BERKELEY (KCBS) – About 2,000 University of California at Berkeley students, workers and faculty members participated in a rally at Sproul Plaza as part of an Occupy Cal “strike” on campus Tuesday – less than a week after police and protesters clashed on campus.

Occupy Oakland protesters were expected to grow the crowd Tuesday afternoon, as part of a scheduled march from Frank Ogawa Plaza to the campus.

PHOTOS: Demonstrations At UC Berkeley

Occupy Cal protesters were also planning to hold a general assembly, at which they are expected to decide whether to make another attempt to set up an encampment on campus.

An effort to erect a camp last week was met by baton-wielding police. Forty people were arrested, as the university sought to uphold a campus ban on camping.

KCBS’ Doug Sovern Reports:

UC Berkeley spokeswoman Claire Holmes said Tuesday, “We don’t want a repeat performance of last week.”

She said the university still has a policy of not allowing encampments.

Referring to the goals of the Occupy Cal protesters, Holmes said, “We’ve always supported them and we’re trying to work with them.”

Holmes said there is only a minimal police presence at Sproul Plaza Tuesday afternoon and said, “We hope the day goes well.”

Although the Occupy Cal protesters called for a general strike Tuesday, Holmes said many classes are being held as scheduled. However, she said, many professors were conducting teach-ins outdoors.

Tuesday evening, an annual lecture that honors the memory of Mario Savio, a key member of the 1964 Free Speech Movement that began on campus, was moved to Sproul Plaza from its original location in Pauley Ballroom, which is in the student union across from Sproul Hall.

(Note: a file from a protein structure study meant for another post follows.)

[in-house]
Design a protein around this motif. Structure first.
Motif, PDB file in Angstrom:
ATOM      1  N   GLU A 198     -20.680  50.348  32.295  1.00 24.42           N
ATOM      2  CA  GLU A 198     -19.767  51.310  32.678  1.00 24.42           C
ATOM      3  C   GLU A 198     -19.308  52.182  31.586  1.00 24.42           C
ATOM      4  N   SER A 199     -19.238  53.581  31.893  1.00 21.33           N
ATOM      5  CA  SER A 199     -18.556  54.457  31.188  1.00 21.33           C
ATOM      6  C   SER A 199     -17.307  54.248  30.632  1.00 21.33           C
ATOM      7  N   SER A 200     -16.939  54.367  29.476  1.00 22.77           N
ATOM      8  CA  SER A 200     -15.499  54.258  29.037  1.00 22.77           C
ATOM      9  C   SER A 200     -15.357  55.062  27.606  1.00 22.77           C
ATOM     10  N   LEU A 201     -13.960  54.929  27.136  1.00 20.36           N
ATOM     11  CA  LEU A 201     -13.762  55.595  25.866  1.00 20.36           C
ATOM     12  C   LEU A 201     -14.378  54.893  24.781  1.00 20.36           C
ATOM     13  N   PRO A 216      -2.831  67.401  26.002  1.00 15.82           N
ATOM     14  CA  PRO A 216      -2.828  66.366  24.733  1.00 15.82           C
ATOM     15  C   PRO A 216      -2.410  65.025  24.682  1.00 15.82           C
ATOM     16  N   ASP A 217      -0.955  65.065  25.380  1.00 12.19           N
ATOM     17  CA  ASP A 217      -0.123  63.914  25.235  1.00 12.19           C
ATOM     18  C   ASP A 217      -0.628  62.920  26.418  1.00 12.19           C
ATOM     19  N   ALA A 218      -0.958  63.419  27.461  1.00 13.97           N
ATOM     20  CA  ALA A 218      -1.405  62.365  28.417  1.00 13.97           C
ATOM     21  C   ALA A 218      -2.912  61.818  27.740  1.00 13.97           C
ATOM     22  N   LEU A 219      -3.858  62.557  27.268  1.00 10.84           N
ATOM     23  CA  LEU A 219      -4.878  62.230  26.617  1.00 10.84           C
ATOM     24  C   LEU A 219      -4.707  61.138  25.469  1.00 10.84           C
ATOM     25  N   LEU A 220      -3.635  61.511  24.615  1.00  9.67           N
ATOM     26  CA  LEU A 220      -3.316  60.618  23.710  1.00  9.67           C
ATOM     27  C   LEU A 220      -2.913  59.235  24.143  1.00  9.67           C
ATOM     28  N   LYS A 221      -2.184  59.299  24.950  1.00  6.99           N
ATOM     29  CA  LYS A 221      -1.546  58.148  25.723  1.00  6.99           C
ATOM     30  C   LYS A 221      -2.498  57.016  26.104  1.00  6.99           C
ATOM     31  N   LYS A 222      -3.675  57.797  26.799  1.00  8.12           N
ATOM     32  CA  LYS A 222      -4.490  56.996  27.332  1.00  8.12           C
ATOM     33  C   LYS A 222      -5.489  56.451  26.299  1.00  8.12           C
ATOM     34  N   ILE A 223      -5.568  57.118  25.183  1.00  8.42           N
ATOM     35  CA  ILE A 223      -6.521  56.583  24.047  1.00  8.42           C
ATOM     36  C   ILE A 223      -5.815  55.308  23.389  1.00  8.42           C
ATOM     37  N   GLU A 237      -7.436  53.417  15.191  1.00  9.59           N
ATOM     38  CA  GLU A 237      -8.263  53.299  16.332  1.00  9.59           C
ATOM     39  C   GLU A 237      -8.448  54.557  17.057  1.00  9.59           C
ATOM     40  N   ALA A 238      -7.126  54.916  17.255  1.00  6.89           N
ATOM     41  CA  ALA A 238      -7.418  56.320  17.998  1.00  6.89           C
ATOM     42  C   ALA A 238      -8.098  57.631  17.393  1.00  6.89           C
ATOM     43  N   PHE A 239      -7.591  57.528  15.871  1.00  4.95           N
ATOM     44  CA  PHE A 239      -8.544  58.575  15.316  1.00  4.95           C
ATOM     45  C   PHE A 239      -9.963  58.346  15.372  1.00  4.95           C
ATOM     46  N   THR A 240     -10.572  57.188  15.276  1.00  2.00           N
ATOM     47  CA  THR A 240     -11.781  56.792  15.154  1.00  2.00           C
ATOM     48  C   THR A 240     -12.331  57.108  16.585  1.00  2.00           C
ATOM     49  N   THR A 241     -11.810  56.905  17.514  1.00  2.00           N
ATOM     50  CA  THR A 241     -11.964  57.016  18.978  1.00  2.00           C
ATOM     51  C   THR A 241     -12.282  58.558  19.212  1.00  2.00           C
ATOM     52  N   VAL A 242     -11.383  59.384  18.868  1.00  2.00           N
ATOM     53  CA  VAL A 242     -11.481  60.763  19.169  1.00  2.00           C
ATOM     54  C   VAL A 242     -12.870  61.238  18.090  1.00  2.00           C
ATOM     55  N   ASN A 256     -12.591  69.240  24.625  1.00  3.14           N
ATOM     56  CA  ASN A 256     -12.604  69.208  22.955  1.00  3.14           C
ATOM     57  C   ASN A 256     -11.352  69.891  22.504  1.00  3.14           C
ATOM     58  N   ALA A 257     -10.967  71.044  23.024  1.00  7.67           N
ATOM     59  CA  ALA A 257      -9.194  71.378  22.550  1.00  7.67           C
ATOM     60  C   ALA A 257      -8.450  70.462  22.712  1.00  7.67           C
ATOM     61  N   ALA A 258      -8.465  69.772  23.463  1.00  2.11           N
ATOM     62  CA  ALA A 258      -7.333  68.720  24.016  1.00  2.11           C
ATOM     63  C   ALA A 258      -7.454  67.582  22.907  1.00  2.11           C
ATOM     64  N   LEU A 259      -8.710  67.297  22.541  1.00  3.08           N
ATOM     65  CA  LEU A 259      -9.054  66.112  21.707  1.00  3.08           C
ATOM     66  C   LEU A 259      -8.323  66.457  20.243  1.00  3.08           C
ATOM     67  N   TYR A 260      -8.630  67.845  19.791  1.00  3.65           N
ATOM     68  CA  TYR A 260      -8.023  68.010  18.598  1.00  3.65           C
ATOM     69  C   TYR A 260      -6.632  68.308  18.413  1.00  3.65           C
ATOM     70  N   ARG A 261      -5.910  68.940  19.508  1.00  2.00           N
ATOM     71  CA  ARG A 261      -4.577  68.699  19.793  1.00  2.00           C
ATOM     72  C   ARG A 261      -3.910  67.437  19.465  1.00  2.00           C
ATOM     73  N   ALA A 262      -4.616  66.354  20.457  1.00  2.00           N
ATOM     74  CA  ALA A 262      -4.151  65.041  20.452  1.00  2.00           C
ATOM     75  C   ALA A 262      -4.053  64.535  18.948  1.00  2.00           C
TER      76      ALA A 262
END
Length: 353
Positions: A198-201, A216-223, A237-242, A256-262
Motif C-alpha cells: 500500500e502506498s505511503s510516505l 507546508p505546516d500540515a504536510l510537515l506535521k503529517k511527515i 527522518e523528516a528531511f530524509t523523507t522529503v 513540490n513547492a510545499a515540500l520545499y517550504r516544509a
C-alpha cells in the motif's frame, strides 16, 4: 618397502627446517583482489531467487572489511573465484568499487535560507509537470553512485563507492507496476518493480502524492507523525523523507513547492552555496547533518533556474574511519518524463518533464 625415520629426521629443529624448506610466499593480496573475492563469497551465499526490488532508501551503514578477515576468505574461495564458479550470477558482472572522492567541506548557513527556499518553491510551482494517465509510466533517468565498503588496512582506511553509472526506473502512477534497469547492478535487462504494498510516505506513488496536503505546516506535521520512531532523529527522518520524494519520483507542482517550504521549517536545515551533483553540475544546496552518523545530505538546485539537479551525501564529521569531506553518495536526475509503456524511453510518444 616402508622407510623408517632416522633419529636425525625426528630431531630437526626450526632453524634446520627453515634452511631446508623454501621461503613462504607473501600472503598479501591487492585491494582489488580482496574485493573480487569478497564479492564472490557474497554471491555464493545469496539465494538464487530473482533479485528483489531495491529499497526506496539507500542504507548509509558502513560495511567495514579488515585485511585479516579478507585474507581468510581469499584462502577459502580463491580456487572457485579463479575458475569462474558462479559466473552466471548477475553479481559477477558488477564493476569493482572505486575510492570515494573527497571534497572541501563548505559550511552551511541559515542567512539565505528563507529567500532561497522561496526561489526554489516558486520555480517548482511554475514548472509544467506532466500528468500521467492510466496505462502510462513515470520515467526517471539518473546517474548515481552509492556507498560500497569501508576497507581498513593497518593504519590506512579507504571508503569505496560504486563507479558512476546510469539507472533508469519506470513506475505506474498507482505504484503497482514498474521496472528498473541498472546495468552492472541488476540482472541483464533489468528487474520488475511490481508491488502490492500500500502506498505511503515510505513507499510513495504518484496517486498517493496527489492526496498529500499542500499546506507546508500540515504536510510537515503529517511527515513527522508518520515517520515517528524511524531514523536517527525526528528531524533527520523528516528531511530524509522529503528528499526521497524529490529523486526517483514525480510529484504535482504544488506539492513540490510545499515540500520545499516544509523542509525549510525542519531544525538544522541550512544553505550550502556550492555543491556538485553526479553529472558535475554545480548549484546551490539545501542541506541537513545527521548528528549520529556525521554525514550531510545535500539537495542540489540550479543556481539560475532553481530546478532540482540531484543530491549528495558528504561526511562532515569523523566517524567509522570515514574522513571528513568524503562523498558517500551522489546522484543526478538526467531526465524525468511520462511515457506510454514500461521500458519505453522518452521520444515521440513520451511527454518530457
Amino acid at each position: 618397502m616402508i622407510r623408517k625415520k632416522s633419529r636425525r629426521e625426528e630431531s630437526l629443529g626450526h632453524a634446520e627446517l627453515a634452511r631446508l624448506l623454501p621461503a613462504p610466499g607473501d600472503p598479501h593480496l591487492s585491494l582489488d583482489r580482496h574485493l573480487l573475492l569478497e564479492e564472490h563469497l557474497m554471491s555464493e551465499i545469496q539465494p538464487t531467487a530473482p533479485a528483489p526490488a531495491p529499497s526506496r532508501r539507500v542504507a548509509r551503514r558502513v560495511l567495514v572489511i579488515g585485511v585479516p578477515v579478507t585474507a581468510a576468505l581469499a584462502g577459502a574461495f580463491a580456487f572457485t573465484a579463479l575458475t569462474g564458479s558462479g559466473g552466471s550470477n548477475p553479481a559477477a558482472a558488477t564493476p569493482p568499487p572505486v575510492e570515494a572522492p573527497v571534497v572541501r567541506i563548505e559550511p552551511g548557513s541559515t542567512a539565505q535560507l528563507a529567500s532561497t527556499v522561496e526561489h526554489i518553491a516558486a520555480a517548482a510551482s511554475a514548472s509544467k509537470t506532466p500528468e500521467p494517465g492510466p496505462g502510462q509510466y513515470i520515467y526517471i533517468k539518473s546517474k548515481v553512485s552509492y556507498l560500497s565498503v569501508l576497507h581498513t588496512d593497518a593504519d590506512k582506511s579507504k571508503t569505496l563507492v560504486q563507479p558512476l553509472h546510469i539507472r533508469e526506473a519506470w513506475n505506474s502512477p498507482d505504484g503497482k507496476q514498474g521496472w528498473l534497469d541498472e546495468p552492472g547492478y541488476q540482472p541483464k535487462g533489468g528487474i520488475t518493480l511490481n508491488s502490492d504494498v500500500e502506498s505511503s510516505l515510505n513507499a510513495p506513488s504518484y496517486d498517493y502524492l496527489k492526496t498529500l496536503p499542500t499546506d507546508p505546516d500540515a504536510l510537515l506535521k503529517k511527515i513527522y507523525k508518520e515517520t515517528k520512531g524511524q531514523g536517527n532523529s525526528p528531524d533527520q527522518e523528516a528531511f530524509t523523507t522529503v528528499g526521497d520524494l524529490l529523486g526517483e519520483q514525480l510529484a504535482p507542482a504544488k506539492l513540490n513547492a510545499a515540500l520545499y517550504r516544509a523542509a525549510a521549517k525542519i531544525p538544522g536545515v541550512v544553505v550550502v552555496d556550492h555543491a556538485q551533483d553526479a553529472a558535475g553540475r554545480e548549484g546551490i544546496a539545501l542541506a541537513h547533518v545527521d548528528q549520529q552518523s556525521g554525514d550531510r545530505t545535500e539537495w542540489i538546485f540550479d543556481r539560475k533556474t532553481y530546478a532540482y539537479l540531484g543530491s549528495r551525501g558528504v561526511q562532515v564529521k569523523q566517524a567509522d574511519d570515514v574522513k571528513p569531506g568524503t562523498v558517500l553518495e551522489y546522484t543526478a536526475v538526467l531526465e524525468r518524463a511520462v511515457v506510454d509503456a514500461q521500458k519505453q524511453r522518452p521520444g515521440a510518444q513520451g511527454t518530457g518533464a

Robert Reich, professor of public policy at UC Berkeley and former U.S. labor secretary, was set to deliver the annual memorial lecture at 8 p.m. on the steps of Sproul Hall.

UC Berkeley Chancellor Robert Birgeneau on Monday issued a statement about last week’s protests and granted amnesty to the students arrested for attempting to prevent the removal of the occupation’s tents.

Birgeneau also announced the creation of a review board to assess the police response to the protests.

(Copyright 2011 by CBS San Francisco. All Rights Reserved. This material may not be published, broadcast, rewritten, or redistributed.)

Comments (5)
  1. Hellnothisaintmoscow says:

    If I found out my kid was planning on occupying a tent while at cal and I was paying his dorm fees I’d go right up there and bring his stupid ass home by the ear sit him down and say 1. the military if they’ll have you, 2. a jc here at home, 3. you can try and get a job without an education or any skills or 4. you start up at Cal again next semester and you go to class and focus on getting your degree and stop playing 1968 flashback you idiot!!

    1. tss says:

      not sure if you are mom or dad but, way to go. I hope you childs education is not effected by the faculties lack of morals.

  2. bubba says:

    Hellnothisaintmoscow hahahaah thats got to be the dumbest thing i ever heard. Obviously you dont have a college aged kid so your comments are worthless, people are allowed to protest conditions, its not a crime and 1968 wasnt the only time it ever happened. It is a legitimate and necessary aspect of a democracy.

  3. ridiculous says:

    Its not a right for higher education! In the USA, we are reqired to go to school from gardes 1-12, unless we take a GED early, or drop out, If these kids think they deserve thier Cal Berkeley Ed. with out hikes. Get a job and pay for it, get a loan and pay for it, or go to community college. I know what I speak, I pay 26K for FIDM for 2 years.

    So, I want my son to go to De La Salle next year, shall I occupy so it doesn’t cost me an more than oublic school??!!??

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